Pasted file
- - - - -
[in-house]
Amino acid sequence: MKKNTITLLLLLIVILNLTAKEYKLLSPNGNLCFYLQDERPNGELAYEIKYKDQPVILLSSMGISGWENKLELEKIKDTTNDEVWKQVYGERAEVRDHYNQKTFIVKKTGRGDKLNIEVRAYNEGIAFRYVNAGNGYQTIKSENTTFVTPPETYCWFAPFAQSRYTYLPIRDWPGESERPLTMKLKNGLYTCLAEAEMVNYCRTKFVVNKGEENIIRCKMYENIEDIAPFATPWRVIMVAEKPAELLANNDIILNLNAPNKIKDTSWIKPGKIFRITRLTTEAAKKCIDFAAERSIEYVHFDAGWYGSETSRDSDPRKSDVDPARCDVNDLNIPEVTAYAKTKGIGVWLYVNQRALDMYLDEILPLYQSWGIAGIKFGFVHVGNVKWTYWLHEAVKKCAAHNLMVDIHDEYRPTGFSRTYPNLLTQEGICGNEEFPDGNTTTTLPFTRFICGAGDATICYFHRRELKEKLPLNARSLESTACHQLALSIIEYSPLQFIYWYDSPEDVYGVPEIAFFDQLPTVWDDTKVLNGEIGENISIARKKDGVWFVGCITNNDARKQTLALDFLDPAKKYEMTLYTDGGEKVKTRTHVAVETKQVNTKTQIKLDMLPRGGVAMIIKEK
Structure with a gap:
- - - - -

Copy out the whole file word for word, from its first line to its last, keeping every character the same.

[in-house]
Amino acid sequence: MKKNTITLLLLLIVILNLTAKEYKLLSPNGNLCFYLQDERPNGELAYEIKYKDQPVILLSSMGISGWENKLELEKIKDTTNDEVWKQVYGERAEVRDHYNQKTFIVKKTGRGDKLNIEVRAYNEGIAFRYVNAGNGYQTIKSENTTFVTPPETYCWFAPFAQSRYTYLPIRDWPGESERPLTMKLKNGLYTCLAEAEMVNYCRTKFVVNKGEENIIRCKMYENIEDIAPFATPWRVIMVAEKPAELLANNDIILNLNAPNKIKDTSWIKPGKIFRITRLTTEAAKKCIDFAAERSIEYVHFDAGWYGSETSRDSDPRKSDVDPARCDVNDLNIPEVTAYAKTKGIGVWLYVNQRALDMYLDEILPLYQSWGIAGIKFGFVHVGNVKWTYWLHEAVKKCAAHNLMVDIHDEYRPTGFSRTYPNLLTQEGICGNEEFPDGNTTTTLPFTRFICGAGDATICYFHRRELKEKLPLNARSLESTACHQLALSIIEYSPLQFIYWYDSPEDVYGVPEIAFFDQLPTVWDDTKVLNGEIGENISIARKKDGVWFVGCITNNDARKQTLALDFLDPAKKYEMTLYTDGGEKVKTRTHVAVETKQVNTKTQIKLDMLPRGGVAMIIKEK
Structure with a gap: